$${{{{\rm{DA}}}}}_{{{{\rm{xy}}}}}=\frac{{\lambda }_{3}}{{\lambda }_{1}}$$
$${{{{\rm{DA}}}}}_{{{{\rm{xz}}}}}=\frac{{\lambda }_{3}}{{\lambda }_{2}}$$

Here, a ratio of 1 represents a fully random orientation, and a value of 0 implies perfect alignment. The fibre orientation pi is expressed in φ and θ (Equation (10)). Therefore, these ratios can be correlated to a sub-voxel fibre angle spread φS and θS of 0 to 90° (Equation (14) and (15)), where the superscript S stands for spread. As no other information is available a linear correlation is the given choice.

$${\varphi }^{{{{\rm{S}}}}}={{{{\rm{DA}}}}}_{{{{\rm{xy}}}}}\,\pi /2$$
$${\theta }^{{{{\rm{S}}}}}={{{{\rm{DA}}}}}_{{{{\rm{xz}}}}}\,\pi /2$$

Additionally, the local Mean Scattering signal MSlocal is used to calculate a local sub-voxel fibre volume fraction (Equation (16)). It builds on the premises that in a voxel with only matrix the mean scattering signal is lower than in a voxel with fibres. The more fibres are present in one voxel the higher the scattering signal. For this relation a linear dependency is assumed. This is again an assumption forced by lack of information. The Mean Scattering of pure matrix material MSm represents 0 % fibre volume fraction, while the Mean Scattering of all voxels MSc corresponds to the mean fibre volume fraction \({V}_{{{{\rm{f}}}}}^{{{{\rm{mean}}}}}\) of 19.9 %.


By the presented approach to construct the material’s constitutive law it becomes possible to account for sub-voxel fibre orientations and fibre volume fractions, as shown in in Fig. 8. All voxels A, B, C have the same dominant fibre orientation pi, but yield different ellipsoidal shapes representing the X-ray scattering tensor. Voxels A and B have the same amount of fibres, which results in the same local Mean Scattering (MS) value but show a different fibre orientation distribution, leading to different Directional Anisotropies (DA)s. Voxels A and C have the same fibre orientation distribution but Voxel C has a higher amount of fibres which yields to a higher local Mean Scattering (MS) value.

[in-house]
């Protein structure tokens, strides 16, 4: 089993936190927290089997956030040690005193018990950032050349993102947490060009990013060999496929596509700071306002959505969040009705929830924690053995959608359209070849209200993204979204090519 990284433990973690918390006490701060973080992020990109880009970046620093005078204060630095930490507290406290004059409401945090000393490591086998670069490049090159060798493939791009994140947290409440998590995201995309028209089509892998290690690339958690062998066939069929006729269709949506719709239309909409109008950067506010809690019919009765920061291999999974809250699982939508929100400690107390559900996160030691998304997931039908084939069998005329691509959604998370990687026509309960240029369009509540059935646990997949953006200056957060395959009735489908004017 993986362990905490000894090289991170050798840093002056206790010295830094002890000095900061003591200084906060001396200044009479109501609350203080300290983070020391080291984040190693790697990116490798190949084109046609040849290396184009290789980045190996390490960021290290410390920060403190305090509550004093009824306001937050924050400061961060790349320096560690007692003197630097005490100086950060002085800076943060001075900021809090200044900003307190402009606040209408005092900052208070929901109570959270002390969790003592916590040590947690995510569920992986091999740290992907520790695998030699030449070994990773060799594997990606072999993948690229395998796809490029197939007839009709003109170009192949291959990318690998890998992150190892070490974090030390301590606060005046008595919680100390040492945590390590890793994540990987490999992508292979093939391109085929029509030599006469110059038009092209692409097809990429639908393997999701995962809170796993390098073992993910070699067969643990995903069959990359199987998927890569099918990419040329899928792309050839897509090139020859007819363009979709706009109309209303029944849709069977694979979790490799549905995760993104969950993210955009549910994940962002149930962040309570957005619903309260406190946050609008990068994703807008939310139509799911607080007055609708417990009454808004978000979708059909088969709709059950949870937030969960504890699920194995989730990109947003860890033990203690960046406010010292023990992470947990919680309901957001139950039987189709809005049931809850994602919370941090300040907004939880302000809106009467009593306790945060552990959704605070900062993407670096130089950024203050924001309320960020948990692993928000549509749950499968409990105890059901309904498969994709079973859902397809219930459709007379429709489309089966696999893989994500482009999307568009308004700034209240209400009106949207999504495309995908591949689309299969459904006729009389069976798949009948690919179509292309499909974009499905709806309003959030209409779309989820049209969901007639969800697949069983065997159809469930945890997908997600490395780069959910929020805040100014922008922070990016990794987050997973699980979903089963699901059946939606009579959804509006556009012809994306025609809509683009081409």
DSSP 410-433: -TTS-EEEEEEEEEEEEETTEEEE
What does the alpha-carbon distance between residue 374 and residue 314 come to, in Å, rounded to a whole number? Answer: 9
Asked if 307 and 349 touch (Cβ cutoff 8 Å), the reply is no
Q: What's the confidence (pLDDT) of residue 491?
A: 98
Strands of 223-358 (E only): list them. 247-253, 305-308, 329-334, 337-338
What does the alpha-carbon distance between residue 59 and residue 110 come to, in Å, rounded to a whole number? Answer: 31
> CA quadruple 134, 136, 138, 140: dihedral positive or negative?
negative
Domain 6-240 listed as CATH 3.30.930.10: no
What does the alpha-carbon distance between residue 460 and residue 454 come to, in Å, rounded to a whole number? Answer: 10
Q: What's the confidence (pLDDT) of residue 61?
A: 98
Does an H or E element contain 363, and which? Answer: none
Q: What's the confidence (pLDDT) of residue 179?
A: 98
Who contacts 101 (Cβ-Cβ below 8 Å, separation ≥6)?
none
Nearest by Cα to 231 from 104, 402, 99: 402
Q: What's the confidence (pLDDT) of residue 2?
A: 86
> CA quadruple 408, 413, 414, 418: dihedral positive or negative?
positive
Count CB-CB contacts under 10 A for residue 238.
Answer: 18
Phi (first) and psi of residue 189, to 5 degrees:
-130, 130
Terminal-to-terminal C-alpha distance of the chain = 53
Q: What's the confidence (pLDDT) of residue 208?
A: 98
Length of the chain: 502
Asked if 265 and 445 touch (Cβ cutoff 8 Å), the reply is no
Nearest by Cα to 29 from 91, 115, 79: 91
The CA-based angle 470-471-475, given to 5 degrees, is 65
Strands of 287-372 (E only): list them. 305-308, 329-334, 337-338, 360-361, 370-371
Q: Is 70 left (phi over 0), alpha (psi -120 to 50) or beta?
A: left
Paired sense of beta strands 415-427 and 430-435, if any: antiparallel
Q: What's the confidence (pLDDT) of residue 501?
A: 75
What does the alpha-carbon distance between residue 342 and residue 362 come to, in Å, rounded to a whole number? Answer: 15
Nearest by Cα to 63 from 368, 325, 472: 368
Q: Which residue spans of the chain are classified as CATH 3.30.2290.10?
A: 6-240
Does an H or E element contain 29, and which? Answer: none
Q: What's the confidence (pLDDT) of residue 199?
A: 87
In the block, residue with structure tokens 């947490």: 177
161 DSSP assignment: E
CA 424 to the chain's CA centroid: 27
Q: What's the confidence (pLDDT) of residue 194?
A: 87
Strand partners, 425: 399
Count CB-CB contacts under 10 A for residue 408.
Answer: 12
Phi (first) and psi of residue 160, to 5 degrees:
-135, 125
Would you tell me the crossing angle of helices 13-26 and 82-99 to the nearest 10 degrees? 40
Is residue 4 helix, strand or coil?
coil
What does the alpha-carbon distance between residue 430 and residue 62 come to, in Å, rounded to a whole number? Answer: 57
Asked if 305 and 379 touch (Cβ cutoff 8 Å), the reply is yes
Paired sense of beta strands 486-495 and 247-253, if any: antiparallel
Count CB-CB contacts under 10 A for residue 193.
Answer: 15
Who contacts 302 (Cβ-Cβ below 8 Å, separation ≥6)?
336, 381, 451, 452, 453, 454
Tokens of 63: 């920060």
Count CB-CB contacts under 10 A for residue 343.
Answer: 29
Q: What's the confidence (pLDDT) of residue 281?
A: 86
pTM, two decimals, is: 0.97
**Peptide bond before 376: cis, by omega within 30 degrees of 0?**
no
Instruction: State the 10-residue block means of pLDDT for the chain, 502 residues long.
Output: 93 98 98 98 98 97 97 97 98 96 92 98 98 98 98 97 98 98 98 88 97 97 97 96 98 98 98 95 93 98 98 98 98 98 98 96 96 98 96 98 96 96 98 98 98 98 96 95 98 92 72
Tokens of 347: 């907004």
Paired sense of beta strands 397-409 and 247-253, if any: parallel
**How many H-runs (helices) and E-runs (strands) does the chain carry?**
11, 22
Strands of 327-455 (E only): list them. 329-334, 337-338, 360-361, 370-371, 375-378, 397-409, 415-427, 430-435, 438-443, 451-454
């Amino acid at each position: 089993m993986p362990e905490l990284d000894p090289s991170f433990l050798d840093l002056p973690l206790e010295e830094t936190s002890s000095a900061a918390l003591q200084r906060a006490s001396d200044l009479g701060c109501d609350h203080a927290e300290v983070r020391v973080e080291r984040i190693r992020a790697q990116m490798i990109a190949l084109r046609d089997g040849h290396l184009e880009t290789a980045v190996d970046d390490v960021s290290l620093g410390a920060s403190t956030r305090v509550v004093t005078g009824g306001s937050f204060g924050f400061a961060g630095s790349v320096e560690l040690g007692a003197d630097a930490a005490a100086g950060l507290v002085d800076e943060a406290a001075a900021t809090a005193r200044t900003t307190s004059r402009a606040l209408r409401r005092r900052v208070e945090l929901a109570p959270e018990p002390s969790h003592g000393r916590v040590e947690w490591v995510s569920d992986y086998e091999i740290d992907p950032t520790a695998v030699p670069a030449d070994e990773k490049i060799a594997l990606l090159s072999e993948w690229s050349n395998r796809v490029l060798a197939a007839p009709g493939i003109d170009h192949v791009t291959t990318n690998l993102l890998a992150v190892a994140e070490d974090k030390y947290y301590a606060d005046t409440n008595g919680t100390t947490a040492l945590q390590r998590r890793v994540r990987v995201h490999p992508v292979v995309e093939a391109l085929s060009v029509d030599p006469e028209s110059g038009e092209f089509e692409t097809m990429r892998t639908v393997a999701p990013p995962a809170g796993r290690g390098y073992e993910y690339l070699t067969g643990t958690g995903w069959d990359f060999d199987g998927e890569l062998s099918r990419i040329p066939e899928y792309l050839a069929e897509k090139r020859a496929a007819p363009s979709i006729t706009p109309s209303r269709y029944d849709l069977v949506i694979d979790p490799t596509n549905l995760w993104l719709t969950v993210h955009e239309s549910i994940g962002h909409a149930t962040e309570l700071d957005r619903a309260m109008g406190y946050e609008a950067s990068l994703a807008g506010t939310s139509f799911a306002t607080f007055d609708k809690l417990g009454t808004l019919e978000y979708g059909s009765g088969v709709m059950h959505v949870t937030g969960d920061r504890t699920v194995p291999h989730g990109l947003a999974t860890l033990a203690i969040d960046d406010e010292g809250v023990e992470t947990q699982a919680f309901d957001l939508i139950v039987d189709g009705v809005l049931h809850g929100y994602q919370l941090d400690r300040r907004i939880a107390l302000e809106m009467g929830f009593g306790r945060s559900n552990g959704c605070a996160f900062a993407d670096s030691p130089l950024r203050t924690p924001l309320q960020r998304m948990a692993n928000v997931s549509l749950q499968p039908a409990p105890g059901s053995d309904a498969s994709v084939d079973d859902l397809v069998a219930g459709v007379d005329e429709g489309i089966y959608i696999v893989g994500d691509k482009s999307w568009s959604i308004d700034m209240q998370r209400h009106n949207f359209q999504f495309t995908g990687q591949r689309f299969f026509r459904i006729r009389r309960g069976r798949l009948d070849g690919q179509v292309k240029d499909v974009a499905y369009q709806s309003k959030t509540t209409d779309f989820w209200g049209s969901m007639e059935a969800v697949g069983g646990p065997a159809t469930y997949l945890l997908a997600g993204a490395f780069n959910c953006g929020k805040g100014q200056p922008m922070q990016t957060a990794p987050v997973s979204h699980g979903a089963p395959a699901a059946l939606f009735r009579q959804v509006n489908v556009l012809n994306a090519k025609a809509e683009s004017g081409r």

Fig. 8: Three voxels with different sub-voxel fibre orientation distribution and fibre volume fraction.
figure 8

A The fibres in this voxel have a mean orientation of 45° with two fibres deviating from the mean orientation. B The fibres in this voxel also have a mean orientation of 45° but with a smaller deviation. C The fibres in this voxel have the same orientation distribution as in (A) but there are twice as many fibres present. Even though all voxels show the same dominant fibre orientation, they yield different ellipsoid shapes representing the X-ray scattering tensor. These different shapes are used to construct different stiffness matrices Cij (Equation (11)). Consequently, the stiffness matrix depends on the dominant fibre orientation pi (Equation (10)), the Directional Anisotropy (DA) (Equation (12), (13)) and the Mean Scattering (MS) (Equation (5)).

Finite element modelling

The image-based model is set-up in a Python script, which can be found open access in48. The reconstructed tensor tomography data, containing voxel-wise information about the scattering tensors’ eigenvectors and eigenvalues, is loaded into the Python script.